Your digital camera has a built-in AWB (Auto White Balance), but sometimes you'll need to override it. Usually this means simply checking the manual for how to bring up the setting, and then taking a sample photo of a blank sheet of white paper.
The photo from my studio below illustrates the kinds of variation you might get from photographing an all white still life. You can see by learning one small camera tip you can save yourself a lot of big editing headaches.
White balance can also come in handy for monochromatic and full color images.
Here's a couple good internet sources for the basics of White Balance; what it is, what it means...
- "Normally our eyes compensate for lighting conditions with different color temperatures. A digital camera needs to find a reference point which represents white. It will then calculate all the other colors based on this white point. For instance, if a halogen light illuminates a white wall, the wall will have a yellow cast, while in fact it should be white. So if the camera knows the wall is supposed to be white, it will then compensate all the other colors in the scene accordingly.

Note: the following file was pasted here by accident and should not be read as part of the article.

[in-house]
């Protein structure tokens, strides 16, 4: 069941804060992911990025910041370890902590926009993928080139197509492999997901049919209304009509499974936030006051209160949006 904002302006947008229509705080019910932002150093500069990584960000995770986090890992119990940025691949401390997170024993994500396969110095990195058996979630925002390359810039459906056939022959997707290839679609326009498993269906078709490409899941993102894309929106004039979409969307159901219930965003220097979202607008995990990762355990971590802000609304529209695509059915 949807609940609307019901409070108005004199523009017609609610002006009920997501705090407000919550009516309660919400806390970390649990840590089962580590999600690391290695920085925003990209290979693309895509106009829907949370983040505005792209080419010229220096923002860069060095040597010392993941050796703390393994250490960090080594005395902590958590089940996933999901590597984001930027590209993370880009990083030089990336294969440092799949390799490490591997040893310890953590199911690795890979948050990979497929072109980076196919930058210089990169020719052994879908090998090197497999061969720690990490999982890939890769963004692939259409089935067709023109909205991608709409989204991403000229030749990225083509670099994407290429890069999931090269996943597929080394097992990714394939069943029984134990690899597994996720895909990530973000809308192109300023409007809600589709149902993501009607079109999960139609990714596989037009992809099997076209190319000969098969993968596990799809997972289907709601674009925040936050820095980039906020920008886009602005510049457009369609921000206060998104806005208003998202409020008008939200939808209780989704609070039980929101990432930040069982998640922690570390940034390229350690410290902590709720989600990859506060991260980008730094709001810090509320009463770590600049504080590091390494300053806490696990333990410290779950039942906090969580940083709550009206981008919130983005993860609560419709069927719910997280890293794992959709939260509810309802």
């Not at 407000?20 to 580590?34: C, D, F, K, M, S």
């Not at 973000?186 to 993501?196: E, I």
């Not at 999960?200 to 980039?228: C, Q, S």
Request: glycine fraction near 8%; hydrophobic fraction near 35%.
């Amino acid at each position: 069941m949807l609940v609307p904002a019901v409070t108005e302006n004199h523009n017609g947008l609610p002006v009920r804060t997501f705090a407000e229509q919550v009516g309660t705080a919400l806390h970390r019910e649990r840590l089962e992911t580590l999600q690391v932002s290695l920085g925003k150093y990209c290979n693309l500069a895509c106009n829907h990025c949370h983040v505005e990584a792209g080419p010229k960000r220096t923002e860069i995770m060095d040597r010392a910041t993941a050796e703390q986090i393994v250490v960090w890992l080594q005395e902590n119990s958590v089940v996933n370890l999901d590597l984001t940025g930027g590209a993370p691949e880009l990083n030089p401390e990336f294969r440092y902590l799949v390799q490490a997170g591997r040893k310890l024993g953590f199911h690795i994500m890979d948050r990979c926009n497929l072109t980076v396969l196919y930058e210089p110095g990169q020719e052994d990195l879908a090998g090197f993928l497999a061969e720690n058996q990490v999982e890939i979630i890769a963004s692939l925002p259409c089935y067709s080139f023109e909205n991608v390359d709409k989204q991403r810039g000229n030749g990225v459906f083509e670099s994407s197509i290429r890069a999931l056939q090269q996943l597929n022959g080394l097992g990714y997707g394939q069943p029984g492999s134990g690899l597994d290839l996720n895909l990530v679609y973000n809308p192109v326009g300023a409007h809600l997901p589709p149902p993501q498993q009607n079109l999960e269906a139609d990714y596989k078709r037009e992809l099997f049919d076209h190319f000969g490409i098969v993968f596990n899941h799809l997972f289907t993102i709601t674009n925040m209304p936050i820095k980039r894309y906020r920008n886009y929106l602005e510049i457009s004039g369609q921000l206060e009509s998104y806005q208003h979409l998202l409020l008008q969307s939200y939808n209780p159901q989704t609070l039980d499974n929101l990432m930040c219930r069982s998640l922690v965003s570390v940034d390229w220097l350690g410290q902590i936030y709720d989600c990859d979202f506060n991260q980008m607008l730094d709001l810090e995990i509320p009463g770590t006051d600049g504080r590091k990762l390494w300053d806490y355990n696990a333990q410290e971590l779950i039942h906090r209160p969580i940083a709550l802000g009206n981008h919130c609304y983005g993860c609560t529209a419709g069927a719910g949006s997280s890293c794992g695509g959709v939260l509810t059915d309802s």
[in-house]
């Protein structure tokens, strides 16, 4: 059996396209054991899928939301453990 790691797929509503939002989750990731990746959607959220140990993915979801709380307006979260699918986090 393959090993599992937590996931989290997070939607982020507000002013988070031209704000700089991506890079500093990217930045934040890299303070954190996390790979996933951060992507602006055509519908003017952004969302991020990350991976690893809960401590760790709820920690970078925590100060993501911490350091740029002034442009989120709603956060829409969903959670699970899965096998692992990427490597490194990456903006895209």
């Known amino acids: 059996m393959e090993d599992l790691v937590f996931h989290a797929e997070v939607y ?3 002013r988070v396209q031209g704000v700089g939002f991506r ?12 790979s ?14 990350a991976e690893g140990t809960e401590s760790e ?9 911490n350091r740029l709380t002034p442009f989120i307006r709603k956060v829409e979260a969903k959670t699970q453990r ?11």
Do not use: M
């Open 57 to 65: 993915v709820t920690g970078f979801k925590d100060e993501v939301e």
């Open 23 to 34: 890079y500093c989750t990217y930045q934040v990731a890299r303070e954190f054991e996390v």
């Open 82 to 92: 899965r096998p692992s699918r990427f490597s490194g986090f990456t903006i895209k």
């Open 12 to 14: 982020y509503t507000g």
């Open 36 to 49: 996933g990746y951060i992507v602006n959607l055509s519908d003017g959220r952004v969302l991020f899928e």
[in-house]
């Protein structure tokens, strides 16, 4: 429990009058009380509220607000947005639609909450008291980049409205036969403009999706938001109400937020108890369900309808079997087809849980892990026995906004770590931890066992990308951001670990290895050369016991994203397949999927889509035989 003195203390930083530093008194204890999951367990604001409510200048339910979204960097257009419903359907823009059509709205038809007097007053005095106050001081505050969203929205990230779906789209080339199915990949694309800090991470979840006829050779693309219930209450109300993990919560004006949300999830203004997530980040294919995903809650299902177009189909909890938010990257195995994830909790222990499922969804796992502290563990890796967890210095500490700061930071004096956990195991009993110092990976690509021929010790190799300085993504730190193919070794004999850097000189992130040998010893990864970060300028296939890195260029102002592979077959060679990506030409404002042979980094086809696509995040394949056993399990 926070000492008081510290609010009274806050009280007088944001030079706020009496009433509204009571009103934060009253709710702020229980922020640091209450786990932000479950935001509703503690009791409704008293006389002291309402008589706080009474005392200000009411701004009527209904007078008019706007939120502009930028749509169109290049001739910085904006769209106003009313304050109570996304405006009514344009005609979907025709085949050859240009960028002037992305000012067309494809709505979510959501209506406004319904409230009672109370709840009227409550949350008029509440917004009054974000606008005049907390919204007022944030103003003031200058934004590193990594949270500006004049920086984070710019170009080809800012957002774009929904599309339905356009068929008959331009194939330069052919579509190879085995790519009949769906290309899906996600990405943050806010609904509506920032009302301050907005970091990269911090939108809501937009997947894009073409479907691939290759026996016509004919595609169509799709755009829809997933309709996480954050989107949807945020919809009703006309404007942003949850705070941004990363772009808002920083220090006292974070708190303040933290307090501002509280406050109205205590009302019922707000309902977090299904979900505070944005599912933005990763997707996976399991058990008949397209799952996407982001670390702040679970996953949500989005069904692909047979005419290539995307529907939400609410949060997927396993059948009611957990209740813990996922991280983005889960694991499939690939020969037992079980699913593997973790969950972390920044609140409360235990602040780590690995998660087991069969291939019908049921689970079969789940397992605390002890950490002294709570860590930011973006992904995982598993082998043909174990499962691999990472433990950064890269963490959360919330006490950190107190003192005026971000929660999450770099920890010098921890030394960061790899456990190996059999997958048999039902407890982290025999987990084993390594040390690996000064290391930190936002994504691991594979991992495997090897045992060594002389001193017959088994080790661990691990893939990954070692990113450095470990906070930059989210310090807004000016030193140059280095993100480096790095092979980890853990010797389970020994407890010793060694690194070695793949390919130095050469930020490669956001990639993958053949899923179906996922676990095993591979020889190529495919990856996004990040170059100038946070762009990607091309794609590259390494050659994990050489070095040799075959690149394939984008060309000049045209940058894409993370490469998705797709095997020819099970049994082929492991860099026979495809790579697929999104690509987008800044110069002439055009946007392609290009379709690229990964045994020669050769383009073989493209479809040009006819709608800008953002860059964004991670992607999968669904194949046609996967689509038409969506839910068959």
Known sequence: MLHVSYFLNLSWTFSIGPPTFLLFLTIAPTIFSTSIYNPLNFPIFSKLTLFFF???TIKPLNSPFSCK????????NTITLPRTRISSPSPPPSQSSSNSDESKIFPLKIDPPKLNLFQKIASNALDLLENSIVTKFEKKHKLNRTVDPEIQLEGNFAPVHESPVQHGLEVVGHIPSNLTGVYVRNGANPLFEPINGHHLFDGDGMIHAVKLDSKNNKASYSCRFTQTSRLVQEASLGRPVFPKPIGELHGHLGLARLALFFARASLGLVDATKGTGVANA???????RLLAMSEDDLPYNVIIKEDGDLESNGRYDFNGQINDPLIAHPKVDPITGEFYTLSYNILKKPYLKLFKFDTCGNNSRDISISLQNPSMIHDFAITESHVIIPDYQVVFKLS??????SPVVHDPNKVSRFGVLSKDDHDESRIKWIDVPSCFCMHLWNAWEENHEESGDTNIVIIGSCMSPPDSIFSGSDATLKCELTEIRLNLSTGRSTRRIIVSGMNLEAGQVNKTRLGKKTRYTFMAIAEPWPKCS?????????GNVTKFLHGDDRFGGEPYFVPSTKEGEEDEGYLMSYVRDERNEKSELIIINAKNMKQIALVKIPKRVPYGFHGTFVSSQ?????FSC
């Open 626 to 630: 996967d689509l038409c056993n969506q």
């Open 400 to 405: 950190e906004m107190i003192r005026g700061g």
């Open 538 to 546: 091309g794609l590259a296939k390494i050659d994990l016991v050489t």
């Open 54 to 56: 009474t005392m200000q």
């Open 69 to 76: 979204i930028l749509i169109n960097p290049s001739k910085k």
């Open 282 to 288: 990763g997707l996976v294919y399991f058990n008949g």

Most digital cameras feature automatic white balance whereby the camera looks at the overall color of the image and calculates the best-fit white balance. However these systems are often fooled especially if the scene is dominated by one color, say green, or if there is no natural white present..."
- "White balance (WB) is the process of removing unrealistic color casts, so that objects which appear white in person are rendered white in your photo. Proper camera white balance has to take into account the "color temperature" of a light source, which refers to the relative warmth or coolness of white light.
Our eyes are very good at judging what is white under different light sources, however digital cameras often have great difficulty with auto white balance (AWB).
An incorrect WB can create unsightly blue, orange, or even green color casts, which are unrealistic...